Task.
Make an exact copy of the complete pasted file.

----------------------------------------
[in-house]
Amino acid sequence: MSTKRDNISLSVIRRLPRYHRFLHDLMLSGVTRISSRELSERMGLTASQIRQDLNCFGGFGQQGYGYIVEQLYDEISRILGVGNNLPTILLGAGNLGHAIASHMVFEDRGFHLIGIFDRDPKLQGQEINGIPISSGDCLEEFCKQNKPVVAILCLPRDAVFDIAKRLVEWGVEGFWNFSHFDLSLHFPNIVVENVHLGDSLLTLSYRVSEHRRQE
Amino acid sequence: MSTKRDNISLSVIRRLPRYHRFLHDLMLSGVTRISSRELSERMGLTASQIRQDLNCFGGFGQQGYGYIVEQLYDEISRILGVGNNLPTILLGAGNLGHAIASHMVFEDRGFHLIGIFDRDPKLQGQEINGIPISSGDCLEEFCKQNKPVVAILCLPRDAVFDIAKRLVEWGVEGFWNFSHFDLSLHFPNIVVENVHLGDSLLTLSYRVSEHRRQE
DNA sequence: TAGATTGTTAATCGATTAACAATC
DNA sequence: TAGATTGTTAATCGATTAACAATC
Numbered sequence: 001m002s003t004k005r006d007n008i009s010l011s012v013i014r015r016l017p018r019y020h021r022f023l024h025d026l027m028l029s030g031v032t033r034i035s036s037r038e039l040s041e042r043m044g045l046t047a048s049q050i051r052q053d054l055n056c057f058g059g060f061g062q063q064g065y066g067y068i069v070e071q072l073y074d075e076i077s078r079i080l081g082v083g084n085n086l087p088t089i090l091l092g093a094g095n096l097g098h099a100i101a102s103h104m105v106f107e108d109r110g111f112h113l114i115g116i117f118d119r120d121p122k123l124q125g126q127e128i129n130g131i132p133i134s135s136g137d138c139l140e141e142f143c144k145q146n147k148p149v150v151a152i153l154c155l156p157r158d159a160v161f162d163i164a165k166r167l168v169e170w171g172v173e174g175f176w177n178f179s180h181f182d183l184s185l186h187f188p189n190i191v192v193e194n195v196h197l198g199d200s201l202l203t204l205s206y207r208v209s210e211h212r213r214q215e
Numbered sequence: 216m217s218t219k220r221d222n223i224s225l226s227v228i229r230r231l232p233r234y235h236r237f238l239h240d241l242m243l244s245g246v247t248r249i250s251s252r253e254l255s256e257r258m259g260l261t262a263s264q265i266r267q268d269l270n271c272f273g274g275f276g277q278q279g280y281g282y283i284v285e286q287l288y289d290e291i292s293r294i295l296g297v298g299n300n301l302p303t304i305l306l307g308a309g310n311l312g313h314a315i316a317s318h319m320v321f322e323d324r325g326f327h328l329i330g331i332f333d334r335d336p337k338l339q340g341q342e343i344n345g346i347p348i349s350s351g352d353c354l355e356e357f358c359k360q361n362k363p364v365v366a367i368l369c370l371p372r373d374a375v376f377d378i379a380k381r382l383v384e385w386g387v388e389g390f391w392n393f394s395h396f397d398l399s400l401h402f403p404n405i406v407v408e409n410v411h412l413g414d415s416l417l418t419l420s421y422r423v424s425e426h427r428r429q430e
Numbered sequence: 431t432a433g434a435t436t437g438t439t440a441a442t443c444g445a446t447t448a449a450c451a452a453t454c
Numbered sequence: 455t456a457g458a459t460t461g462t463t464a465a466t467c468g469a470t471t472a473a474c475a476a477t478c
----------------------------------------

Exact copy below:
[in-house]
Amino acid sequence: MSTKRDNISLSVIRRLPRYHRFLHDLMLSGVTRISSRELSERMGLTASQIRQDLNCFGGFGQQGYGYIVEQLYDEISRILGVGNNLPTILLGAGNLGHAIASHMVFEDRGFHLIGIFDRDPKLQGQEINGIPISSGDCLEEFCKQNKPVVAILCLPRDAVFDIAKRLVEWGVEGFWNFSHFDLSLHFPNIVVENVHLGDSLLTLSYRVSEHRRQE
Amino acid sequence: MSTKRDNISLSVIRRLPRYHRFLHDLMLSGVTRISSRELSERMGLTASQIRQDLNCFGGFGQQGYGYIVEQLYDEISRILGVGNNLPTILLGAGNLGHAIASHMVFEDRGFHLIGIFDRDPKLQGQEINGIPISSGDCLEEFCKQNKPVVAILCLPRDAVFDIAKRLVEWGVEGFWNFSHFDLSLHFPNIVVENVHLGDSLLTLSYRVSEHRRQE
DNA sequence: TAGATTGTTAATCGATTAACAATC
DNA sequence: TAGATTGTTAATCGATTAACAATC
Numbered sequence: 001m002s003t004k005r006d007n008i009s010l011s012v013i014r015r016l017p018r019y020h021r022f023l024h025d026l027m028l029s030g031v032t033r034i035s036s037r038e039l040s041e042r043m044g045l046t047a048s049q050i051r052q053d054l055n056c057f058g059g060f061g062q063q064g065y066g067y068i069v070e071q072l073y074d075e076i077s078r079i080l081g082v083g084n085n086l087p088t089i090l091l092g093a094g095n096l097g098h099a100i101a102s103h104m105v106f107e108d109r110g111f112h113l114i115g116i117f118d119r120d121p122k123l124q125g126q127e128i129n130g131i132p133i134s135s136g137d138c139l140e141e142f143c144k145q146n147k148p149v150v151a152i153l154c155l156p157r158d159a160v161f162d163i164a165k166r167l168v169e170w171g172v173e174g175f176w177n178f179s180h181f182d183l184s185l186h187f188p189n190i191v192v193e194n195v196h197l198g199d200s201l202l203t204l205s206y207r208v209s210e211h212r213r214q215e
Numbered sequence: 216m217s218t219k220r221d222n223i224s225l226s227v228i229r230r231l232p233r234y235h236r237f238l239h240d241l242m243l244s245g246v247t248r249i250s251s252r253e254l255s256e257r258m259g260l261t262a263s264q265i266r267q268d269l270n271c272f273g274g275f276g277q278q279g280y281g282y283i284v285e286q287l288y289d290e291i292s293r294i295l296g297v298g299n300n301l302p303t304i305l306l307g308a309g310n311l312g313h314a315i316a317s318h319m320v321f322e323d324r325g326f327h328l329i330g331i332f333d334r335d336p337k338l339q340g341q342e343i344n345g346i347p348i349s350s351g352d353c354l355e356e357f358c359k360q361n362k363p364v365v366a367i368l369c370l371p372r373d374a375v376f377d378i379a380k381r382l383v384e385w386g387v388e389g390f391w392n393f394s395h396f397d398l399s400l401h402f403p404n405i406v407v408e409n410v411h412l413g414d415s416l417l418t419l420s421y422r423v424s425e426h427r428r429q430e
Numbered sequence: 431t432a433g434a435t436t437g438t439t440a441a442t443c444g445a446t447t448a449a450c451a452a453t454c
Numbered sequence: 455t456a457g458a459t460t461g462t463t464a465a466t467c468g469a470t471t472a473a474c475a476a477t478c